Used-Water to Resources (U-WatR)
This funding will support the development of innovative wastewater treatment systems that are more efficient, sustainable and enable the recovery of high-value bioproducts that can be used for energy and fertilizer production. The research will position B.C., as well as industry partners, as a global leader in wastewater resource recovery and sustainability.
Principal investigator: Pierre Berube, Department of Civil Engineering
BCKDF award: $1,591,394
Astrophysics and computer science:
Enabling gravitational wave astrophysics with calibration, monitoring and characterization of the LIGO detectors
The funding will provide critical infrastructure to support an international collaboration of scientists using kilometre-scale detectors to measure gravitational waves — tiny ripples in the fabric of spacetime emitted by accelerating mass. The infrastructure will help ensure British Columbia is at the forefront of this new scientific frontier that will propel science forward across many fields, including stellar astronomy, astrophysics, nuclear physics, general relativity, high energy physics and cosmology.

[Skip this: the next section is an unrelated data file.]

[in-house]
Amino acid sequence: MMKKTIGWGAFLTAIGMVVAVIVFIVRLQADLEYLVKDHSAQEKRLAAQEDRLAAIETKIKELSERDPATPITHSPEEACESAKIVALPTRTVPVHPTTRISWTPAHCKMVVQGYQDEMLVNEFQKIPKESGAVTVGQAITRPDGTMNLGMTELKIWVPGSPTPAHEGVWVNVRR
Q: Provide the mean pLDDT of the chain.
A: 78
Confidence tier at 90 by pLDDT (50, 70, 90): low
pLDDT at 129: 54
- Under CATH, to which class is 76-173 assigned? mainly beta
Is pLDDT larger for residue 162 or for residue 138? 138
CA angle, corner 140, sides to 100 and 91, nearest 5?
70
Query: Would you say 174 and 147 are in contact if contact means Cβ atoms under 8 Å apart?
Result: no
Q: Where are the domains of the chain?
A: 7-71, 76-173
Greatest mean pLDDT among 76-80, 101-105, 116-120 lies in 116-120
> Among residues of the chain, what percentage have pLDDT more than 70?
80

Principal investigator: Jess McIver, Department of Physics and Astronomy
BCKDF award: $220,000
HAICU: Hydrogen Antihydrogen Infrastructure at Canadian Universities for Quantum Innovations in Antimatter Science
The funding will build state-of-the-art research infrastructure that uses newly emerging quantum techniques to study the properties of antimatter and address key questions about the origins of the universe. The research will advance B.C.’s leadership in quantum innovation and support the development of new technologies in the fields of cryogenics, lasers, microwaves, photon detectors and particle manipulators that will be leveraged by B.C. companies and help grow the B.C. economy.
Principal investigator: Takamasa Momose, Department of Chemistry
BCKDF award: $3,279,274
VELOSITY: Bringing the Benefits of VLSI to System Software
By supporting the purchase of advanced computing infrastructure, this funding will advance the study and development of next-generation software, operating systems, hardware platforms and secure IT infrastructure. The infrastructure will help train students on emerging software and technologies and advance research to support B.C.’s growing high-tech sector.